Even though I'd recommend the HP Spectre X360 and even the cheaper Surface Pro 4 to people on a tighter budget, Microsoft's 2-in-1 solution with this new Performance Base is tailor-made for more demanding professional users.
No-compromises on ports and a high-quality keyboard
Perhaps the most annoying "updates" to the 2016 MacBook Pros came in the form of transformed ports and a keyboard that's been reduced to barely moving. Surface Book with Performance Base has none of these drawbacks. It might not have the awesome potential of a Thunderbolt 3 port like competitors from Razer and Dell, but everything else makes it feel ready to get real work done now, today, in the present.
Surface Book with Performance Base retains the handy SD card reader and twin USB 3.0 ports that professional users expect. The keyboard dock, redesigned to fit a hotter, faster graphics processor, has a new keyboard to match. Redesigned though it may be, it's another A+ Microsoft keyboard—super comfortable and responsive to type on for long sprints.
Battery life in tablet mode isn't great
While I truly admire the ability to undock the display from the Surface Book, the un-updated bits of Surface Book still smart just a tiny bit. The so-called "clipboard" is a cool party trick, but its short 2-hour battery life means you won't be binge watching Netflix on its gorgeous 13.3-inch display. Instead, you'll be limited to short bursts of content, quick batch edits in Lightroom, or a few chapters in a Kindle book.
I've used the Surface Book clipboard to edit stories with the Surface Pen, and for that usage, Surface Book with Performance Base is as extraordinary to use as before. Journalists who like to red-pen material just like in the good ol' paper days would do well to look into a Surface for editing and notetaking.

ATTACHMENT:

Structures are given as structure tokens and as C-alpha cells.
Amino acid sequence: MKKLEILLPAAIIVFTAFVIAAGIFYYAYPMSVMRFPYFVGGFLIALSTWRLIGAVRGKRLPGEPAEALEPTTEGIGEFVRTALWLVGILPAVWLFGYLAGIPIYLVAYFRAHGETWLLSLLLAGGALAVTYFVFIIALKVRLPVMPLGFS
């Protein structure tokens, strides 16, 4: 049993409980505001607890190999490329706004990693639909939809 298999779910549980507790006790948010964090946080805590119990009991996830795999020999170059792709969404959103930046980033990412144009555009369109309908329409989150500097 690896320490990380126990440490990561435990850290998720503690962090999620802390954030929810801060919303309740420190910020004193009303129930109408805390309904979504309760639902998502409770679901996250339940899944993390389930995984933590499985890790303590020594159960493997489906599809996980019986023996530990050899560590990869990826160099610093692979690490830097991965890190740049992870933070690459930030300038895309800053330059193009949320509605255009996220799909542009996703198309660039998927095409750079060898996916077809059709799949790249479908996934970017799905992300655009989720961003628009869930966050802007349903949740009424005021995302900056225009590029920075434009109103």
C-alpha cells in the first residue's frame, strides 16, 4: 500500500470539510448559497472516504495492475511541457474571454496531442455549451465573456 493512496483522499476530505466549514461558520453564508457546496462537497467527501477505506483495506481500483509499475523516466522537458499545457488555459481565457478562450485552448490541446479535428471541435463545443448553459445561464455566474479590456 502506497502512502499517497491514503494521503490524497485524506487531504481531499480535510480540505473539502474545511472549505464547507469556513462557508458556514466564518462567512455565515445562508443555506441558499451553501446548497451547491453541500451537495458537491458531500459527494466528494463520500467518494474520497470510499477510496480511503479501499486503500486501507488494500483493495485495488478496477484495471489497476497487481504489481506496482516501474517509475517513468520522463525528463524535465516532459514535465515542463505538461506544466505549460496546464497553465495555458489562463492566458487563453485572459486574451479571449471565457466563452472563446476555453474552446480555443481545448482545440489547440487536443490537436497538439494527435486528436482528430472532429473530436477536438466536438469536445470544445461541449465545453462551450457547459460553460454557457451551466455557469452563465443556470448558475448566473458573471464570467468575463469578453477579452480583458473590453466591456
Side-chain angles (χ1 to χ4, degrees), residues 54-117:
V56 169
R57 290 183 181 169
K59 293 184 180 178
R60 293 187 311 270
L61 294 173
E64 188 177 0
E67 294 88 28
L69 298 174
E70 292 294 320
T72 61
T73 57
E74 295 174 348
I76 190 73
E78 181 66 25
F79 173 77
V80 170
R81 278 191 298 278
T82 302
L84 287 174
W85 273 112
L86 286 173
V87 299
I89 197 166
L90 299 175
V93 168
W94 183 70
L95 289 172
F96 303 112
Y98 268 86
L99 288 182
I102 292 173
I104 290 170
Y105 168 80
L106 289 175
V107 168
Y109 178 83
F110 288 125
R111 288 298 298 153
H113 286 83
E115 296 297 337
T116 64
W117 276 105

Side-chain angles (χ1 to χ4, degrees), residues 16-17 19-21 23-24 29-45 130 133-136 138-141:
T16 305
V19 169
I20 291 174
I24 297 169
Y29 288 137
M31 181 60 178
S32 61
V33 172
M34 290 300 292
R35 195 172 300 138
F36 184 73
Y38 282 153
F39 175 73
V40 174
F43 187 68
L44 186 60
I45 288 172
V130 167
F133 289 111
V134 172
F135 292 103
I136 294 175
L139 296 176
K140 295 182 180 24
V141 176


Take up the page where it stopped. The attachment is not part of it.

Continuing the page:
No Thunderbolt 3 in a year when everyone's added it.
So, Apple took away the MacBook Pro's normal USB ports and replaced them with Thunderbolt 3 ports. Mac fans are already bellyaching about needing adapters in order to use their current accouterments.
That gives the Surface Book immediate compatibility with today's devices, but there's a catch. I'd imagine, without an extensive redesign, Microsoft was unable to sneak in a Thunderbolt 3/USB-C port. One of these future-proofed ports would have gone a long way to bridge the gap between today's needs and tomorrow's devices, but I'd imagine that we'll have to wait for the inevitable Surface Book sequel to roll around.
As it stands, competing devices from HP, Dell, and Razer all give you the power of Thunderbolt and the flexibility of USB-C, giving them a slight port advantage over the updated Surface Book with Performance Base.
It is so choice. If you have the means, I highly recommend picking one up.
Thanks to its boost in battery and graphics potential, Microsoft has given Surface Book a great shot in the arm. It's the highest-performing 2-in-1 we've tested thus far, and it underscores that Surface wants to win over pro and creative users. It's far from the reinvention that some people were hoping for, and if you were annoyed with the old one, this one has the exact same foibles.
The concept didn't need a whole lot more to push it over the edge, and the extra oomph of the Performance Base make it that much more interesting. Of course, you're still looking at a really expensive device. Given that this will trounce a similarly-equipped 13-inch MacBook Pro in intensive graphical tasks, the extra price doesn't seem like a big ask.
Throw in the detachable tablet and the useful Surface Pen, and the unique value proposition makes Surface Book more interesting than what Apple has to offer on its Pro offerings. Of course, quad-core models like the Razer Blade and Dell XPS 15 give you more computing power for your money. Where Surface Book shines is as a device that has few legitimate rivals. Its blend of performance, design, and flexibility are hard to find elsewhere. Even though it costs a pretty penny, Microsoft still has a special laptop in this supercharged Surface Book.
Meet the testers
Brendan is originally from California. Prior to writing for Reviewed.com, he graduated from UC Santa Cruz and did IT support and wrote for a technology blog in the mythical Silicon Valley. Brendan enjoys history, Marx Brothers films, Vietnamese food, cars, and laughing loudly.See all of Brendan Nystedt's reviews